I casually clicked over to Goodreads the other afternoon, as many readers often do, and got a total shock: the 2018 Goodreads Choice Awards had begun. Here’s the thing: I love a good end of year best books lists as much as the next reader. There’s something so exciting about a year’s worth of reading coming to an end. But this year, something about the 2018 competition set me on edge. As I scrolled through the pages worth of books, I realized I hadn’t read…. well, most of them. Maybe a grand total of five? And suddenly I was super stressed about my reading year.
Maybe you can relate. There are so many ways that reading can be stressful these days, in the age of social media comparison, despite the fact that it’s a beloved hobby for so many of us. Whether you’re trying to reach a number goal that now seems woefully out of reach or, like me, you realized that you’ve somehow completely ignored a majority of the year’s most celebrated reads, it’s easy to feel like your reading just doesn’t measure up. But before you give in to the impulse to burden the last two months of the year with a ton of arbitrary bookish goals, check out the list of totally do-able, ultimately stress-free to-dos below. After all, there’s enough to be worried about these days — and reading should definitely not be one of them.
The Best Books of 2018 lists can be annoyingly stressful or totally inspiring, depending on your outlook. Instead of looking at the lists full of books you haven’t read (forcing you to question the legitimacy of the books you did read) think of them instead as an inspirational list of highly regarded reads that you can make a priority. You’ve even got time to pick up one or two before the year is out!
On a related note, maybe those end of year lists made you wonder just why you’ve been neglecting literary fiction or contemporary YA when there are clearly so many amazing books in those genres. Well, now is the perfect time to try one out before the year is over! You don’t have to shift your entire reading habits in four short weeks, but make it a point to get just a little bit out of your comfort zone.
The best way to keep your end of year reading from feeling overwhelming is by limiting your focus. If you’re looking at a list of dozens of books you want to read within the next two months, it will be easy to feel totally freaked out. But by narrowing it down to a set number (perhaps the exact amount you need to reach your yearly goal?) you’ll feel better with each book you check off the list.
If your shelves are filled with books you want to keep, by all means keep them. But if the sight of all those unread books is negatively affecting your reading life? Get rid of them. Go through every book you own and figure out whether you still really want or need to read/keep them. Donate the rest to shelters, schools, second-hand stores, or friends… It’s a great way to end the year with a fresh perspective.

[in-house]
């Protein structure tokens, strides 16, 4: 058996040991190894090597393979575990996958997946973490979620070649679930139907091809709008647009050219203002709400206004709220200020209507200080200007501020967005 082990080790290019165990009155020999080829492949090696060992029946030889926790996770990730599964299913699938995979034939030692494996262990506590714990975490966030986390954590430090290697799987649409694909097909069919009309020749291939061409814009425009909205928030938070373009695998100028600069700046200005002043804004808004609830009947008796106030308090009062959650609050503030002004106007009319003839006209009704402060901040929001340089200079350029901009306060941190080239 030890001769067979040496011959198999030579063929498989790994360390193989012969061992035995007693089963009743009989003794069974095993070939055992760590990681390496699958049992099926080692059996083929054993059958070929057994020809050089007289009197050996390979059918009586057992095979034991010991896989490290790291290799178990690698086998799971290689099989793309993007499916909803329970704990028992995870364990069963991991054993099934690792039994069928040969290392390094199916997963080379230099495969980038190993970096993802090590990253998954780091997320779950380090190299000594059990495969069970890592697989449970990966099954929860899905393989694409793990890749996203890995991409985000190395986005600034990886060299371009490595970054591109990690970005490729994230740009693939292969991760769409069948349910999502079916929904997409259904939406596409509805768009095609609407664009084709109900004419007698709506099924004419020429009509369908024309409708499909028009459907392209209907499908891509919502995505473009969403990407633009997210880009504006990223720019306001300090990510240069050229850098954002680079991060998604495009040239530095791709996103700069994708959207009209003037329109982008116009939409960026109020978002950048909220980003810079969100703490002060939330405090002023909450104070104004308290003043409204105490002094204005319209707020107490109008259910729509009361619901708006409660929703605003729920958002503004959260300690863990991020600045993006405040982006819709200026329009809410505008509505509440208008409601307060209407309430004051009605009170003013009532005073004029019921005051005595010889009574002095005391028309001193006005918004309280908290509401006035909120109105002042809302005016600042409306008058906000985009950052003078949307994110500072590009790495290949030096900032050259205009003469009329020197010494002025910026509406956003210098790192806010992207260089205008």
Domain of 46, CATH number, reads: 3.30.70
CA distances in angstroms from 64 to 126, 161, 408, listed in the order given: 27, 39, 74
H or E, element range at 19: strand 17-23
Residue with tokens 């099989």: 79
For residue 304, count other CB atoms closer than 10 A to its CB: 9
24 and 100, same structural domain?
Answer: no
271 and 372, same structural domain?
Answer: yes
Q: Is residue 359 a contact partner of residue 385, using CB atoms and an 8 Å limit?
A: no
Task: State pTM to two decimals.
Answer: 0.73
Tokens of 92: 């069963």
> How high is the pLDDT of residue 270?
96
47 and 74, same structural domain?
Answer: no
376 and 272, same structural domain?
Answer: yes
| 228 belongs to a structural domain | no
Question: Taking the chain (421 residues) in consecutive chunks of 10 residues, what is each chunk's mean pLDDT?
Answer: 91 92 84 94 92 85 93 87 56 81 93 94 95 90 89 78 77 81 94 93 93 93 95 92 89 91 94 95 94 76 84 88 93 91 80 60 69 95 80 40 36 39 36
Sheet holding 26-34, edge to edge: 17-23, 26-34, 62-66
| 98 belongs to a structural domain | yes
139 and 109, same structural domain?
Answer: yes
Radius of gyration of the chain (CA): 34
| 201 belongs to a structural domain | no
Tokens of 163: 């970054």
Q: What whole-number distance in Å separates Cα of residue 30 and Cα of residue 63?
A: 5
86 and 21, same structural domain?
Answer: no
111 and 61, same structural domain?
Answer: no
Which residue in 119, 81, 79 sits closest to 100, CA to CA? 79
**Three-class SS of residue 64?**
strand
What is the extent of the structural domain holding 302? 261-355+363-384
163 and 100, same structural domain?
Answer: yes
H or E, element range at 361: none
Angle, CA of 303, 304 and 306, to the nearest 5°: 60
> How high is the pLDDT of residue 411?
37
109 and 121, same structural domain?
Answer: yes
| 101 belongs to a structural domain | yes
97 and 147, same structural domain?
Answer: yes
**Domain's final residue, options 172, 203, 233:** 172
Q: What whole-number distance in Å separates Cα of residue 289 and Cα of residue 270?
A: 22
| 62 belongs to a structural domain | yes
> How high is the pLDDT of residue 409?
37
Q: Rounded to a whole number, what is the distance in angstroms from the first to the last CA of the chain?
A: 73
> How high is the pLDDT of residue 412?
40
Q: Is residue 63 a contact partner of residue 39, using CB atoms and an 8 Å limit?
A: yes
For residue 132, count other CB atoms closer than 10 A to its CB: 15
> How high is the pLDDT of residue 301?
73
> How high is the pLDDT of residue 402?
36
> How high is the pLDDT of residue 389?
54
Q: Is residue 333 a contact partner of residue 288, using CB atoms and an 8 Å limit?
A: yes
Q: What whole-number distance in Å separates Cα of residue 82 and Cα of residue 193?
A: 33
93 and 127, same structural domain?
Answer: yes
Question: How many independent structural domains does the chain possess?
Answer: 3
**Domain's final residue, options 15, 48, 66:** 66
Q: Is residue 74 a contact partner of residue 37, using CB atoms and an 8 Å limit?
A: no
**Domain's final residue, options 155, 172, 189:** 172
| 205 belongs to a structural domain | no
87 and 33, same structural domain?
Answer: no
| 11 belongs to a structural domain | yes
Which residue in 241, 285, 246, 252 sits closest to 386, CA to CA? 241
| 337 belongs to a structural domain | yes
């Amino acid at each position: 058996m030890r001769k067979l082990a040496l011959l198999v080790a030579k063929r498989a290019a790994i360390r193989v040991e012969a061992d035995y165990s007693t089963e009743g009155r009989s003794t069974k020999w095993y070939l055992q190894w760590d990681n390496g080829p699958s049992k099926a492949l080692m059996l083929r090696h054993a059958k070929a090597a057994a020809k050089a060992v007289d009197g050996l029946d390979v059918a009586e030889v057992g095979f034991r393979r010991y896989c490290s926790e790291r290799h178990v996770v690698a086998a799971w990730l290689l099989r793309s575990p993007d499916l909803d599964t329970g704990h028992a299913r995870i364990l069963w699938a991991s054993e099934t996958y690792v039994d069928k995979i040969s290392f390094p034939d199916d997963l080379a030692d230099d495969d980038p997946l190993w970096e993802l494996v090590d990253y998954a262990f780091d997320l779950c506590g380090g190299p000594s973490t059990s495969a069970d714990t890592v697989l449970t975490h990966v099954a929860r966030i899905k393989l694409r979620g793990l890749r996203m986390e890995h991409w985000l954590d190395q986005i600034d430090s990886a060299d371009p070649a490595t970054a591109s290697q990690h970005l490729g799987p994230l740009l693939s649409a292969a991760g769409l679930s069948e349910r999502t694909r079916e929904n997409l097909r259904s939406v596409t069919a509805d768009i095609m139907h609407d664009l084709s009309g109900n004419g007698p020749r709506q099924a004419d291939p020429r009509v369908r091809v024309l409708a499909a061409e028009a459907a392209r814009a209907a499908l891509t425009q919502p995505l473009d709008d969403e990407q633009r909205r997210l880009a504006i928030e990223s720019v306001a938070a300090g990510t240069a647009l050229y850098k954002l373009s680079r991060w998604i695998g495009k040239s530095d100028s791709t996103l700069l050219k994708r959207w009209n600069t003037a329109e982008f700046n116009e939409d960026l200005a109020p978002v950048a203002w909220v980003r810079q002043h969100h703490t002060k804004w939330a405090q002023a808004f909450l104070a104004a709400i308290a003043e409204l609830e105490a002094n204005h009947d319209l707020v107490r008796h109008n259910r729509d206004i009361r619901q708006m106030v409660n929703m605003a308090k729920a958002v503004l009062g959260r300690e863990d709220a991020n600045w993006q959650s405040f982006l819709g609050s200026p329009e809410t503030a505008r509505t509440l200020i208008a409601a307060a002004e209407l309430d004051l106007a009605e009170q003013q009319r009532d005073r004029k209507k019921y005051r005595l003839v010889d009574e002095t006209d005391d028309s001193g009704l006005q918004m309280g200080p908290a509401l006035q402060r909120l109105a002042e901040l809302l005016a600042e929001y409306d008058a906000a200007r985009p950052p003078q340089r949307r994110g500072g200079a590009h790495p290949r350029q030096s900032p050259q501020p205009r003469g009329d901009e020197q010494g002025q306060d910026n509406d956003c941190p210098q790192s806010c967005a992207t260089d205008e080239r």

I know, you just got rid of all those books, why would you then bring more books into your home? But no one ever said you had to be a minimalist when it comes to your bookshelves. And letting go of a bunch of book you don’t want to read, in favor of acquiring a brand new stack of books you’re excited about is a great way to end your reading year on a good note. Use your local library if you can’t spend right now.
If you want to help your bookish friends update their shelves, too, skip the store, and the library and just host a book swap party. It’s the perfect excuse to get the extended crew together before the year is up, and everyone will get to offload those unread books and stock up on new ones for yourself. It’s the definition of a win-win… extra win if someone brings baked goods.
There is a whole wide world of bookish websites, blogs, podcasts, social media accounts, YouTube channels, book clubs and so much more that will add a ton of intrigue to your reading life. If you’ve been slacking on these literary extracurriculars, now is the time to take a deep dive and see what appeals to you.
One of the best ways to make a reading year great is by attending a bookish event. These can be author signings, readings, panels, conventions, whatever… but with the autumnal releases season still going strong, you’re sure to find at least one author you love heading out on tour. These events can be super fun and incredibly inspiring… and you’ll meet tons of other people who love books as much as you do!
The end of the year is often the busiest — with the holidays, constant traveling, and the rush of finishing out the work year with all those loose ends tied up. So I’ve often found that the most important (and most productive) goal I’ve ever made for the last two reading months is simply to actually read. Schedule in non-negotiable time to work through that TBR, re-read some seasonal favorites, and just luxuriate in books before the new year. But don’t worry about goals or numbers. Just do it because you love it.